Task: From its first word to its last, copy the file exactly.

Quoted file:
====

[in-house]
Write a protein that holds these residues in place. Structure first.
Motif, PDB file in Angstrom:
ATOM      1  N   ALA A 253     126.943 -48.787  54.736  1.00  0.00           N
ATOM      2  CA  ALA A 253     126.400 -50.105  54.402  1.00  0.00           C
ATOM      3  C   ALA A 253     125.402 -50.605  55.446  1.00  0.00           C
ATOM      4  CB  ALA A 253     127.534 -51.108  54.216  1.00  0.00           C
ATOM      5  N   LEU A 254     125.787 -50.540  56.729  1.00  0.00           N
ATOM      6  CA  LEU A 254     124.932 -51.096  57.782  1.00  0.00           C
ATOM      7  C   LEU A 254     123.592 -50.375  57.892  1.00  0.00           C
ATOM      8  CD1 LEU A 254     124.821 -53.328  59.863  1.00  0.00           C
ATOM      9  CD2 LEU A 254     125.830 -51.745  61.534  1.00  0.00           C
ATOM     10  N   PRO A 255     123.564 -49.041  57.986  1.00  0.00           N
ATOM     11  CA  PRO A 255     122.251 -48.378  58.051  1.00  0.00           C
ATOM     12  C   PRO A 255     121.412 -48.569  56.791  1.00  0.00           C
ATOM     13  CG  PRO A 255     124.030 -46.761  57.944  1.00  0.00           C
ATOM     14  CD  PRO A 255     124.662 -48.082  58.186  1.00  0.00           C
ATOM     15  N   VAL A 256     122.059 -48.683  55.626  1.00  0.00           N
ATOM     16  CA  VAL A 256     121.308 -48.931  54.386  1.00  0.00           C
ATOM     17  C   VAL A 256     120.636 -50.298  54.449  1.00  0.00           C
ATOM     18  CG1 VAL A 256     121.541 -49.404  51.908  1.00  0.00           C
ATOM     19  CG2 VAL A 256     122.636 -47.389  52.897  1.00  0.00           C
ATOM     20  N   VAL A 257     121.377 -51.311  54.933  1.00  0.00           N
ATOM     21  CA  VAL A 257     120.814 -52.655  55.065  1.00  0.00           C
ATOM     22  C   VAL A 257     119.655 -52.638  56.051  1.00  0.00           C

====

[in-house]
Write a protein that holds these residues in place. Structure first.
Motif, PDB file in Angstrom:
ATOM      1  N   ALA A 253     126.943 -48.787  54.736  1.00  0.00           N
ATOM      2  CA  ALA A 253     126.400 -50.105  54.402  1.00  0.00           C
ATOM      3  C   ALA A 253     125.402 -50.605  55.446  1.00  0.00           C
ATOM      4  CB  ALA A 253     127.534 -51.108  54.216  1.00  0.00           C
ATOM      5  N   LEU A 254     125.787 -50.540  56.729  1.00  0.00           N
ATOM      6  CA  LEU A 254     124.932 -51.096  57.782  1.00  0.00           C
ATOM      7  C   LEU A 254     123.592 -50.375  57.892  1.00  0.00           C
ATOM      8  CD1 LEU A 254     124.821 -53.328  59.863  1.00  0.00           C
ATOM      9  CD2 LEU A 254     125.830 -51.745  61.534  1.00  0.00           C
ATOM     10  N   PRO A 255     123.564 -49.041  57.986  1.00  0.00           N
ATOM     11  CA  PRO A 255     122.251 -48.378  58.051  1.00  0.00           C
ATOM     12  C   PRO A 255     121.412 -48.569  56.791  1.00  0.00           C
ATOM     13  CG  PRO A 255     124.030 -46.761  57.944  1.00  0.00           C
ATOM     14  CD  PRO A 255     124.662 -48.082  58.186  1.00  0.00           C
ATOM     15  N   VAL A 256     122.059 -48.683  55.626  1.00  0.00           N
ATOM     16  CA  VAL A 256     121.308 -48.931  54.386  1.00  0.00           C
ATOM     17  C   VAL A 256     120.636 -50.298  54.449  1.00  0.00           C
ATOM     18  CG1 VAL A 256     121.541 -49.404  51.908  1.00  0.00           C
ATOM     19  CG2 VAL A 256     122.636 -47.389  52.897  1.00  0.00           C
ATOM     20  N   VAL A 257     121.377 -51.311  54.933  1.00  0.00           N
ATOM     21  CA  VAL A 257     120.814 -52.655  55.065  1.00  0.00           C
ATOM     22  C   VAL A 257     119.655 -52.638  56.051  1.00  0.00           C